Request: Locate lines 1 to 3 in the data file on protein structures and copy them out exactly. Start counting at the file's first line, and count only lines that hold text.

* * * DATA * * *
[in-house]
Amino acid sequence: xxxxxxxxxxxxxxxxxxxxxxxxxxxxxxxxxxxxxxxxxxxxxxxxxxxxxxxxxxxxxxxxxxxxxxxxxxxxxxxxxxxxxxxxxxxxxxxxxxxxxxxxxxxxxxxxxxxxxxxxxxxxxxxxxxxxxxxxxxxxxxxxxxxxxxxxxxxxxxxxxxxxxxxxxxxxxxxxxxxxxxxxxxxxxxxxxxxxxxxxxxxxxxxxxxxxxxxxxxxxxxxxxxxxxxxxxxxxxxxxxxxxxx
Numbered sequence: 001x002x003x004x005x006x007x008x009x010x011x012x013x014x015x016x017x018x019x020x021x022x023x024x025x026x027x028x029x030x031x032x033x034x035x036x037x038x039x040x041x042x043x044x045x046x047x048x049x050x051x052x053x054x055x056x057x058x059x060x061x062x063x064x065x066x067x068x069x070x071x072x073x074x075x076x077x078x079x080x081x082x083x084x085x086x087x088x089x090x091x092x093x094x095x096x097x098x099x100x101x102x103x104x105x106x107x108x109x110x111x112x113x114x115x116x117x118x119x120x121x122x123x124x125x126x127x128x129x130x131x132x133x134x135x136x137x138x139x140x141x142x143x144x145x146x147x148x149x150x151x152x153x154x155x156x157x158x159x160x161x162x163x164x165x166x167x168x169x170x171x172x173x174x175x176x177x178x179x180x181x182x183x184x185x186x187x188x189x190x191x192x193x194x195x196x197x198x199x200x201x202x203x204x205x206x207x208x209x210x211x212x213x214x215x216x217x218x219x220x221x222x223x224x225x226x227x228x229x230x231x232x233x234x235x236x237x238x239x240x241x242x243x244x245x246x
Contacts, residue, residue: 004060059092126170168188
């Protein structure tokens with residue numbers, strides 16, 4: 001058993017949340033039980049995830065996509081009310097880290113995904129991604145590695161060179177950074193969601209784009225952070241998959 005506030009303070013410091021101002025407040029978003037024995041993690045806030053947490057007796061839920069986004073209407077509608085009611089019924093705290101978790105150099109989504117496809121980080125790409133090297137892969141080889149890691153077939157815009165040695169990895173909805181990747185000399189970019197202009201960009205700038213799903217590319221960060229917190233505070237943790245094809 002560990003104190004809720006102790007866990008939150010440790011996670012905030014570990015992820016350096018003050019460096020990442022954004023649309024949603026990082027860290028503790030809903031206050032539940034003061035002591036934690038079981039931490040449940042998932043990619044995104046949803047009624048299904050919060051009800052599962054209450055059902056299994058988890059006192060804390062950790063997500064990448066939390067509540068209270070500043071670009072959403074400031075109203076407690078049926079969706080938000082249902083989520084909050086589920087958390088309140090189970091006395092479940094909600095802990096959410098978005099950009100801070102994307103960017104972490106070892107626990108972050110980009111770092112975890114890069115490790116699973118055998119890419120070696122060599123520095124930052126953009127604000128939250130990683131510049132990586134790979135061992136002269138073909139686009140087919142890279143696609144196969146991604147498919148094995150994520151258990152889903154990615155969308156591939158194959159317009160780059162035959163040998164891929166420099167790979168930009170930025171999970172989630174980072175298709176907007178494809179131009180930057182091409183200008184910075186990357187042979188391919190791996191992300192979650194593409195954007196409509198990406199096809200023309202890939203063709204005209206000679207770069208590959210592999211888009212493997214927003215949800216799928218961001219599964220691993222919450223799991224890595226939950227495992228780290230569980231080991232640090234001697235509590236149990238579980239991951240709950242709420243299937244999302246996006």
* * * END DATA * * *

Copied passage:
[in-house]
Amino acid sequence: xxxxxxxxxxxxxxxxxxxxxxxxxxxxxxxxxxxxxxxxxxxxxxxxxxxxxxxxxxxxxxxxxxxxxxxxxxxxxxxxxxxxxxxxxxxxxxxxxxxxxxxxxxxxxxxxxxxxxxxxxxxxxxxxxxxxxxxxxxxxxxxxxxxxxxxxxxxxxxxxxxxxxxxxxxxxxxxxxxxxxxxxxxxxxxxxxxxxxxxxxxxxxxxxxxxxxxxxxxxxxxxxxxxxxxxxxxxxxxxxxxxxxx
Numbered sequence: 001x002x003x004x005x006x007x008x009x010x011x012x013x014x015x016x017x018x019x020x021x022x023x024x025x026x027x028x029x030x031x032x033x034x035x036x037x038x039x040x041x042x043x044x045x046x047x048x049x050x051x052x053x054x055x056x057x058x059x060x061x062x063x064x065x066x067x068x069x070x071x072x073x074x075x076x077x078x079x080x081x082x083x084x085x086x087x088x089x090x091x092x093x094x095x096x097x098x099x100x101x102x103x104x105x106x107x108x109x110x111x112x113x114x115x116x117x118x119x120x121x122x123x124x125x126x127x128x129x130x131x132x133x134x135x136x137x138x139x140x141x142x143x144x145x146x147x148x149x150x151x152x153x154x155x156x157x158x159x160x161x162x163x164x165x166x167x168x169x170x171x172x173x174x175x176x177x178x179x180x181x182x183x184x185x186x187x188x189x190x191x192x193x194x195x196x197x198x199x200x201x202x203x204x205x206x207x208x209x210x211x212x213x214x215x216x217x218x219x220x221x222x223x224x225x226x227x228x229x230x231x232x233x234x235x236x237x238x239x240x241x242x243x244x245x246x